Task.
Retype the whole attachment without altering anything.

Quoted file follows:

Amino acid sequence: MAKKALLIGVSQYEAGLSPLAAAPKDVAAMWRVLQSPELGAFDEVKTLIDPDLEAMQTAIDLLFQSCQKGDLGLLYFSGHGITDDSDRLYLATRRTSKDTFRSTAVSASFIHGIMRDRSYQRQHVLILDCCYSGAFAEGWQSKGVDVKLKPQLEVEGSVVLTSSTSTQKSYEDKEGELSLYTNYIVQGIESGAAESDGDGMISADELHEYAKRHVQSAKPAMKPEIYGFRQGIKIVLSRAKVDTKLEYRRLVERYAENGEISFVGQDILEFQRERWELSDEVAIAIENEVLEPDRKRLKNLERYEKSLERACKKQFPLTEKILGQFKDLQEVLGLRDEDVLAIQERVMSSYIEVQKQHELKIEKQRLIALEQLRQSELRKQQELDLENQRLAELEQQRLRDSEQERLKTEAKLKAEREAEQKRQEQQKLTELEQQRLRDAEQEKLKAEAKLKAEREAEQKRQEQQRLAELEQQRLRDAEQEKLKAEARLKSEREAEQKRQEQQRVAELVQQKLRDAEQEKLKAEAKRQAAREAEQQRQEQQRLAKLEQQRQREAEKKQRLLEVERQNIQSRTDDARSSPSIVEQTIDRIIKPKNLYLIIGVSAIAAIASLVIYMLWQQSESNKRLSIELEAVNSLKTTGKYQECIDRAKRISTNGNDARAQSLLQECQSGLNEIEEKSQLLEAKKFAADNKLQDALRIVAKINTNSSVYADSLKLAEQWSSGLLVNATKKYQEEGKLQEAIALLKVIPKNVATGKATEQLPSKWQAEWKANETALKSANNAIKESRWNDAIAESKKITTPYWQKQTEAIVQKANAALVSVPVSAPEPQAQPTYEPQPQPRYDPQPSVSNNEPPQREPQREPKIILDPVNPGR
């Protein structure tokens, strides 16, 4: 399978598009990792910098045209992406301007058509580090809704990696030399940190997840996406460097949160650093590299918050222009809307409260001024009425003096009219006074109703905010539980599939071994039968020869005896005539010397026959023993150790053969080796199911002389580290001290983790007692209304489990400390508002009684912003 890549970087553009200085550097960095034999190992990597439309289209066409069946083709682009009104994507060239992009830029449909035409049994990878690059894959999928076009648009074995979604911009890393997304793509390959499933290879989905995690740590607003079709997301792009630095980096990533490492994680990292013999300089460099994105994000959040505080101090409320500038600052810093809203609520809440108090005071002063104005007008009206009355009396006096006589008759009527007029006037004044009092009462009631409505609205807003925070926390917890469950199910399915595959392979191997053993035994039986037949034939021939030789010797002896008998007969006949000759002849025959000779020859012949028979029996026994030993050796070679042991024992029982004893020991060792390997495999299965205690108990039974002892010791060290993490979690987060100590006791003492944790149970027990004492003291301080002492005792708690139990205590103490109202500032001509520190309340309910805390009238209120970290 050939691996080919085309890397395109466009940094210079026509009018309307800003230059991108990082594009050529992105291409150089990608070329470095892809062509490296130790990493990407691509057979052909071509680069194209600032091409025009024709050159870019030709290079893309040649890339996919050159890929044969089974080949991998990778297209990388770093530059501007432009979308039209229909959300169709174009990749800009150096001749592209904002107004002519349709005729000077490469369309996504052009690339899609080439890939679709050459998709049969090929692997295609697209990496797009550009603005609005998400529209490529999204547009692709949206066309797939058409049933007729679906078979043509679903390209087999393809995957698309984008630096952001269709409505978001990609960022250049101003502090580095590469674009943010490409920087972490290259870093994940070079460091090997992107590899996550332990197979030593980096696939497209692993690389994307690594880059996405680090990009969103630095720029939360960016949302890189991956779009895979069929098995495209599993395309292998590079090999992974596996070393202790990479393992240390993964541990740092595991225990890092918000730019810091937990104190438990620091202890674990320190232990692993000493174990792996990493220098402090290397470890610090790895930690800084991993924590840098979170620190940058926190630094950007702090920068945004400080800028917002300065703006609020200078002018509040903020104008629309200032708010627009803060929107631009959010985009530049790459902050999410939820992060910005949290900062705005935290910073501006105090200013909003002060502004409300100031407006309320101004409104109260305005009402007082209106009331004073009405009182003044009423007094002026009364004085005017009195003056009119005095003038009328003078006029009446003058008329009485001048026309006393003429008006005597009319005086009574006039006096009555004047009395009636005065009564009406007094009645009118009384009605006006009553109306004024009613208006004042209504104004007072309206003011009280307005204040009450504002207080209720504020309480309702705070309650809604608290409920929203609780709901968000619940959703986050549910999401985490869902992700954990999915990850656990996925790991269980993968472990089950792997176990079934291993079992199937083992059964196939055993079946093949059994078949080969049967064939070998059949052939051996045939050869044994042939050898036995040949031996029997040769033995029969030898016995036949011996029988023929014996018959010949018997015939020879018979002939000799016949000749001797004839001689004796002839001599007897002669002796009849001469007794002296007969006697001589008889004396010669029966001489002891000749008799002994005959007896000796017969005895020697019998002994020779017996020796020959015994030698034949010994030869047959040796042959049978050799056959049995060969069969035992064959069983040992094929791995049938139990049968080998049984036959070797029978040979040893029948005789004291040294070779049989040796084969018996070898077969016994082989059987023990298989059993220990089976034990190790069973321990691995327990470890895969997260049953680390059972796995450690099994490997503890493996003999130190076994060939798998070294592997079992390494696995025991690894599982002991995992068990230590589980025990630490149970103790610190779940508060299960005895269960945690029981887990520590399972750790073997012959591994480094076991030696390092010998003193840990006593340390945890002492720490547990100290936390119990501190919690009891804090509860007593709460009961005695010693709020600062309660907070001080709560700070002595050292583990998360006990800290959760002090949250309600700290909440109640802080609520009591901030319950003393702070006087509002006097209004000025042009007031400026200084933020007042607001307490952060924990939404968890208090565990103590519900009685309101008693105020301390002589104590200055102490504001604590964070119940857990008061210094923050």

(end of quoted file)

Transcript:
Amino acid sequence: MAKKALLIGVSQYEAGLSPLAAAPKDVAAMWRVLQSPELGAFDEVKTLIDPDLEAMQTAIDLLFQSCQKGDLGLLYFSGHGITDDSDRLYLATRRTSKDTFRSTAVSASFIHGIMRDRSYQRQHVLILDCCYSGAFAEGWQSKGVDVKLKPQLEVEGSVVLTSSTSTQKSYEDKEGELSLYTNYIVQGIESGAAESDGDGMISADELHEYAKRHVQSAKPAMKPEIYGFRQGIKIVLSRAKVDTKLEYRRLVERYAENGEISFVGQDILEFQRERWELSDEVAIAIENEVLEPDRKRLKNLERYEKSLERACKKQFPLTEKILGQFKDLQEVLGLRDEDVLAIQERVMSSYIEVQKQHELKIEKQRLIALEQLRQSELRKQQELDLENQRLAELEQQRLRDSEQERLKTEAKLKAEREAEQKRQEQQKLTELEQQRLRDAEQEKLKAEAKLKAEREAEQKRQEQQRLAELEQQRLRDAEQEKLKAEARLKSEREAEQKRQEQQRVAELVQQKLRDAEQEKLKAEAKRQAAREAEQQRQEQQRLAKLEQQRQREAEKKQRLLEVERQNIQSRTDDARSSPSIVEQTIDRIIKPKNLYLIIGVSAIAAIASLVIYMLWQQSESNKRLSIELEAVNSLKTTGKYQECIDRAKRISTNGNDARAQSLLQECQSGLNEIEEKSQLLEAKKFAADNKLQDALRIVAKINTNSSVYADSLKLAEQWSSGLLVNATKKYQEEGKLQEAIALLKVIPKNVATGKATEQLPSKWQAEWKANETALKSANNAIKESRWNDAIAESKKITTPYWQKQTEAIVQKANAALVSVPVSAPEPQAQPTYEPQPQPRYDPQPSVSNNEPPQREPQREPKIILDPVNPGR
């Protein structure tokens, strides 16, 4: 399978598009990792910098045209992406301007058509580090809704990696030399940190997840996406460097949160650093590299918050222009809307409260001024009425003096009219006074109703905010539980599939071994039968020869005896005539010397026959023993150790053969080796199911002389580290001290983790007692209304489990400390508002009684912003 890549970087553009200085550097960095034999190992990597439309289209066409069946083709682009009104994507060239992009830029449909035409049994990878690059894959999928076009648009074995979604911009890393997304793509390959499933290879989905995690740590607003079709997301792009630095980096990533490492994680990292013999300089460099994105994000959040505080101090409320500038600052810093809203609520809440108090005071002063104005007008009206009355009396006096006589008759009527007029006037004044009092009462009631409505609205807003925070926390917890469950199910399915595959392979191997053993035994039986037949034939021939030789010797002896008998007969006949000759002849025959000779020859012949028979029996026994030993050796070679042991024992029982004893020991060792390997495999299965205690108990039974002892010791060290993490979690987060100590006791003492944790149970027990004492003291301080002492005792708690139990205590103490109202500032001509520190309340309910805390009238209120970290 050939691996080919085309890397395109466009940094210079026509009018309307800003230059991108990082594009050529992105291409150089990608070329470095892809062509490296130790990493990407691509057979052909071509680069194209600032091409025009024709050159870019030709290079893309040649890339996919050159890929044969089974080949991998990778297209990388770093530059501007432009979308039209229909959300169709174009990749800009150096001749592209904002107004002519349709005729000077490469369309996504052009690339899609080439890939679709050459998709049969090929692997295609697209990496797009550009603005609005998400529209490529999204547009692709949206066309797939058409049933007729679906078979043509679903390209087999393809995957698309984008630096952001269709409505978001990609960022250049101003502090580095590469674009943010490409920087972490290259870093994940070079460091090997992107590899996550332990197979030593980096696939497209692993690389994307690594880059996405680090990009969103630095720029939360960016949302890189991956779009895979069929098995495209599993395309292998590079090999992974596996070393202790990479393992240390993964541990740092595991225990890092918000730019810091937990104190438990620091202890674990320190232990692993000493174990792996990493220098402090290397470890610090790895930690800084991993924590840098979170620190940058926190630094950007702090920068945004400080800028917002300065703006609020200078002018509040903020104008629309200032708010627009803060929107631009959010985009530049790459902050999410939820992060910005949290900062705005935290910073501006105090200013909003002060502004409300100031407006309320101004409104109260305005009402007082209106009331004073009405009182003044009423007094002026009364004085005017009195003056009119005095003038009328003078006029009446003058008329009485001048026309006393003429008006005597009319005086009574006039006096009555004047009395009636005065009564009406007094009645009118009384009605006006009553109306004024009613208006004042209504104004007072309206003011009280307005204040009450504002207080209720504020309480309702705070309650809604608290409920929203609780709901968000619940959703986050549910999401985490869902992700954990999915990850656990996925790991269980993968472990089950792997176990079934291993079992199937083992059964196939055993079946093949059994078949080969049967064939070998059949052939051996045939050869044994042939050898036995040949031996029997040769033995029969030898016995036949011996029988023929014996018959010949018997015939020879018979002939000799016949000749001797004839001689004796002839001599007897002669002796009849001469007794002296007969006697001589008889004396010669029966001489002891000749008799002994005959007896000796017969005895020697019998002994020779017996020796020959015994030698034949010994030869047959040796042959049978050799056959049995060969069969035992064959069983040992094929791995049938139990049968080998049984036959070797029978040979040893029948005789004291040294070779049989040796084969018996070898077969016994082989059987023990298989059993220990089976034990190790069973321990691995327990470890895969997260049953680390059972796995450690099994490997503890493996003999130190076994060939798998070294592997079992390494696995025991690894599982002991995992068990230590589980025990630490149970103790610190779940508060299960005895269960945690029981887990520590399972750790073997012959591994480094076991030696390092010998003193840990006593340390945890002492720490547990100290936390119990501190919690009891804090509860007593709460009961005695010693709020600062309660907070001080709560700070002595050292583990998360006990800290959760002090949250309600700290909440109640802080609520009591901030319950003393702070006087509002006097209004000025042009007031400026200084933020007042607001307490952060924990939404968890208090565990103590519900009685309101008693105020301390002589104590200055102490504001604590964070119940857990008061210094923050």